Indigenous Religion(s) in Sápmi
Reclaiming Sacred Grounds
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Indigenous religion(s) are afterlives of a particular sort, shaped by globalizing discourses on what counts as an indigenous religion on the one hand and the continued presence of local traditions on the other. Focusing on the Norwegian side of Sápmi since the 1970s, this book explores the reclaiming of ancestral pasts and notions of a specifically Sámi religion. It connects religion, identity- and nation building, and takes seriously the indigenous turn as well as geographical and generational distinctions. Focal themes include protective activism and case studies from the art and culture domain, both of which are considered vital to the making of indigenous afterlives in indigenous formats. This volume will be of great interest to scholars of Global Indigenous studies, Sámi cultural studies and politics, Ethnicity and emergence of new identities, Anthropology, Studies in religion and folklore studies.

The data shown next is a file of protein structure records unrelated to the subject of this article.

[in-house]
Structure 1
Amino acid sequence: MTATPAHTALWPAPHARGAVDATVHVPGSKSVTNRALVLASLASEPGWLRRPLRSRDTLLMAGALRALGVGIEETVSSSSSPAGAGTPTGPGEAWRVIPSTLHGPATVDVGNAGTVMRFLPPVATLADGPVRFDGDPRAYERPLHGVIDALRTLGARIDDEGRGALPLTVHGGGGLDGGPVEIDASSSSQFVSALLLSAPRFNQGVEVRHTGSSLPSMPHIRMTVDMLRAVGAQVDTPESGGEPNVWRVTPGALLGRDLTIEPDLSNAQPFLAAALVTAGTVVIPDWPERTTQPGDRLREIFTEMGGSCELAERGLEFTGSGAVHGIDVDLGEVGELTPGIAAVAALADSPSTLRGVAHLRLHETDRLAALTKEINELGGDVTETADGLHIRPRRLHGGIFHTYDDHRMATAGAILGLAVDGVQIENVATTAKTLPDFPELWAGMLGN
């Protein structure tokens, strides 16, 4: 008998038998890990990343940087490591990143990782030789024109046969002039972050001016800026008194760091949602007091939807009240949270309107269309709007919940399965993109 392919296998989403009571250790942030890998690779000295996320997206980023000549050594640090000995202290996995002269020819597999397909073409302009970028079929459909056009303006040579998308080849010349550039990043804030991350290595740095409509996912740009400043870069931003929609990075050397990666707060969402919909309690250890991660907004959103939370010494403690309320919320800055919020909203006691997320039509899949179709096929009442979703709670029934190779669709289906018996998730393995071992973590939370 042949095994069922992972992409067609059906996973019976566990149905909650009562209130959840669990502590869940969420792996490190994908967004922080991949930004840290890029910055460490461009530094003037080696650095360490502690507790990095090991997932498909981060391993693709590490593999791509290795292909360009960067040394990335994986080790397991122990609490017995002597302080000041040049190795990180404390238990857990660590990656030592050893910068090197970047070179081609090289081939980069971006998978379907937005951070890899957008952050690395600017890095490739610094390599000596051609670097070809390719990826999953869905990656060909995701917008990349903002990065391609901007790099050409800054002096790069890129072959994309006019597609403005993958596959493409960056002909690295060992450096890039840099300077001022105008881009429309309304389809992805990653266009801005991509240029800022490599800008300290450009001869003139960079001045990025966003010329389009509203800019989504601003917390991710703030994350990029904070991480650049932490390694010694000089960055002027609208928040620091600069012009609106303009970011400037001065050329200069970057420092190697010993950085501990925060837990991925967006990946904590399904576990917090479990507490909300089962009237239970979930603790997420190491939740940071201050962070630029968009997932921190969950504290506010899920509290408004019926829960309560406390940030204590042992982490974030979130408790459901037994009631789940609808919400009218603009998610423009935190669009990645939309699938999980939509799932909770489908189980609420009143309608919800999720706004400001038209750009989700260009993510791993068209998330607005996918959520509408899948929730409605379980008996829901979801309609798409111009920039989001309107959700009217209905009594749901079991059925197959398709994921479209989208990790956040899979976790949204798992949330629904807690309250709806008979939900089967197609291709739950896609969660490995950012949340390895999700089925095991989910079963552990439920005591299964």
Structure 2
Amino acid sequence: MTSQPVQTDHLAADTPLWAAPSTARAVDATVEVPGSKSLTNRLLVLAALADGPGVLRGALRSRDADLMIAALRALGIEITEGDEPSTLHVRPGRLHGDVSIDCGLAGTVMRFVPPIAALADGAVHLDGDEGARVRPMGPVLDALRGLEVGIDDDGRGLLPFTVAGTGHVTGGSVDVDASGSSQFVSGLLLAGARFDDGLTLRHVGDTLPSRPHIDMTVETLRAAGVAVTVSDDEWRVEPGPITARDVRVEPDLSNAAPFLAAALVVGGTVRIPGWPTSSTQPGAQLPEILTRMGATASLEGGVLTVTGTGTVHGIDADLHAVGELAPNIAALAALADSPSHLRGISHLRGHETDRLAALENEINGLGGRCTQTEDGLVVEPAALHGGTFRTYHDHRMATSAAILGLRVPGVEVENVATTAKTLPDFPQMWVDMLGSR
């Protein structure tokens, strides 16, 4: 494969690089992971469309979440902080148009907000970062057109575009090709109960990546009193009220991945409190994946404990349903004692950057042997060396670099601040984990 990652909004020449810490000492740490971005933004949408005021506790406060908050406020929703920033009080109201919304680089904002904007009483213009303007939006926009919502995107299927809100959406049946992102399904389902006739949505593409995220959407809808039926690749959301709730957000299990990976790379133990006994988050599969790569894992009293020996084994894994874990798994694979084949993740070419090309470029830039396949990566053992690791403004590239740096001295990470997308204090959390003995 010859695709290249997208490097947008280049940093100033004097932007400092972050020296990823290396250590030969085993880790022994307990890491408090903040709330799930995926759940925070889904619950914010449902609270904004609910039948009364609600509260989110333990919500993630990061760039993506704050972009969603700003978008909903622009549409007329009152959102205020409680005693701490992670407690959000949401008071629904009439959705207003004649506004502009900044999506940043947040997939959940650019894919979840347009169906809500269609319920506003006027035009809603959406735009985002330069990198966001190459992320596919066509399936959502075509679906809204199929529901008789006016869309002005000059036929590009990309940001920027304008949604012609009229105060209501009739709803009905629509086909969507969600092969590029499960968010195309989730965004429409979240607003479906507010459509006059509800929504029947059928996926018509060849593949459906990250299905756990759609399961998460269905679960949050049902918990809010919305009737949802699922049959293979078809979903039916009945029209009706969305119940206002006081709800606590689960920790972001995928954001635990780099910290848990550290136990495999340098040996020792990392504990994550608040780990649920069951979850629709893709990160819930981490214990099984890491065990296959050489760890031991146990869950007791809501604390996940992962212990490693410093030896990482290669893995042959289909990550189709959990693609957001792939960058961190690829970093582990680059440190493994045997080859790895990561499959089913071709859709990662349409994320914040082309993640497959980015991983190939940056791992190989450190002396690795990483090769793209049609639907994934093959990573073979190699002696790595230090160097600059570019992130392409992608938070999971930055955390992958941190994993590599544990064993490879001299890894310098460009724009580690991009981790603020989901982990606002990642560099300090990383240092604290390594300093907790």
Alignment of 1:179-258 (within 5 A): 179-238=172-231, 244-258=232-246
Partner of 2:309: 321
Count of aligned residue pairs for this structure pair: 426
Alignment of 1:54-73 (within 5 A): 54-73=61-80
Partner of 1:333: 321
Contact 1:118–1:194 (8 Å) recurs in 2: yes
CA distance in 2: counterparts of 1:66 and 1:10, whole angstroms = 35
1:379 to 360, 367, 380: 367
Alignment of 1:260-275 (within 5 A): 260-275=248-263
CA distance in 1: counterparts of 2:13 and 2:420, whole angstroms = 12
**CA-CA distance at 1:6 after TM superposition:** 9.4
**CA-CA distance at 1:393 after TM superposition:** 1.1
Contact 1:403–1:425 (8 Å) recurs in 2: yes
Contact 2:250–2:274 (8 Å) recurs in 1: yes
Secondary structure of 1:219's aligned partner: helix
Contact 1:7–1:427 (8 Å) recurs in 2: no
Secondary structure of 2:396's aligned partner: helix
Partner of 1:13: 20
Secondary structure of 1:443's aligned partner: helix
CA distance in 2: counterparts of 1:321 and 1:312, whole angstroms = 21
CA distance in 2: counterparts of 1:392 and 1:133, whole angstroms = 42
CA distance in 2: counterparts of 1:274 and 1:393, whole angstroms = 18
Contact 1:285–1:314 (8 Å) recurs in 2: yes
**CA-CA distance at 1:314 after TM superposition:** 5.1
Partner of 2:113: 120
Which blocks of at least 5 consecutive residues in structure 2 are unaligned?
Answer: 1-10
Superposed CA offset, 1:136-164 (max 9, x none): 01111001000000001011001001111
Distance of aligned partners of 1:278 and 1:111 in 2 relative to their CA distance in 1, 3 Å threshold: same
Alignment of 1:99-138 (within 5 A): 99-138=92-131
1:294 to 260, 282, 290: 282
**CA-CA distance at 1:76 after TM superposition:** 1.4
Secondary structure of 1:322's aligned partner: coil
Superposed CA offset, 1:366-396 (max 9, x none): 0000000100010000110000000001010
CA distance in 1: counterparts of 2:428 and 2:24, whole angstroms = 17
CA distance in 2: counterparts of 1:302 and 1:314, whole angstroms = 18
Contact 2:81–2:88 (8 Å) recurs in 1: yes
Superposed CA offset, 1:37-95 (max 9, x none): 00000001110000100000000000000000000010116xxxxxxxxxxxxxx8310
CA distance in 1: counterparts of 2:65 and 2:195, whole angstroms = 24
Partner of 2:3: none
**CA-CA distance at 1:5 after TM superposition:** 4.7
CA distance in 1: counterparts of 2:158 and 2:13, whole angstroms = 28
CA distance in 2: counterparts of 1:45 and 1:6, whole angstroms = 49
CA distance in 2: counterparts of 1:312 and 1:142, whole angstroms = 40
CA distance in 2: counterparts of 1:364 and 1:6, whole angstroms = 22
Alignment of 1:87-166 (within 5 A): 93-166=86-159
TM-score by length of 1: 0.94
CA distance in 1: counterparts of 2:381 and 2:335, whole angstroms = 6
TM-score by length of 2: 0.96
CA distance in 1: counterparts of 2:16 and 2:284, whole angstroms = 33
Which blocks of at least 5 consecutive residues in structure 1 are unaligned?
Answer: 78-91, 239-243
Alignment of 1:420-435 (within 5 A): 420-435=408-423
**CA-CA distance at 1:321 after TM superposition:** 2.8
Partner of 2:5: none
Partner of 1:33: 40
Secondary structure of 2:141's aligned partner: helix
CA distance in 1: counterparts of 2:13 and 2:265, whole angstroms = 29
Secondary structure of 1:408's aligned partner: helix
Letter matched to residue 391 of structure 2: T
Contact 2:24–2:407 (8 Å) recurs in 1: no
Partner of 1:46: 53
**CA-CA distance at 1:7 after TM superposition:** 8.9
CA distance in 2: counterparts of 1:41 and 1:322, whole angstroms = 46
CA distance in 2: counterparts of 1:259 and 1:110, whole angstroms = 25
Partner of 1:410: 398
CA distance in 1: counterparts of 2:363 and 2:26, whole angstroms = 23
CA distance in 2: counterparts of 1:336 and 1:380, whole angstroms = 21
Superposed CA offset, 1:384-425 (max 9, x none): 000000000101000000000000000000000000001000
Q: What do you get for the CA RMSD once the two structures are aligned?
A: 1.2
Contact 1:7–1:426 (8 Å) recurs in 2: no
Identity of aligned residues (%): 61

Table of Contents
1 Afterlives in the making: Sámi religion — indigenous formats
2 Let the river live — Water is life: Indigenous activism from Alta to Standing Rock
3 Sacred mountains — spiritual activism
4 Mari Boine — vocal resistance, sonic sovereignty
5 Drum-time revisited: The heritagization of shamanism
Conclusion Changing topographies of indigenous religion(s)
Siv Ellen Kraft is a Professor in the Department of Archaeology, History, Religious Studies and Theology at UiT The Arctic University of Norway.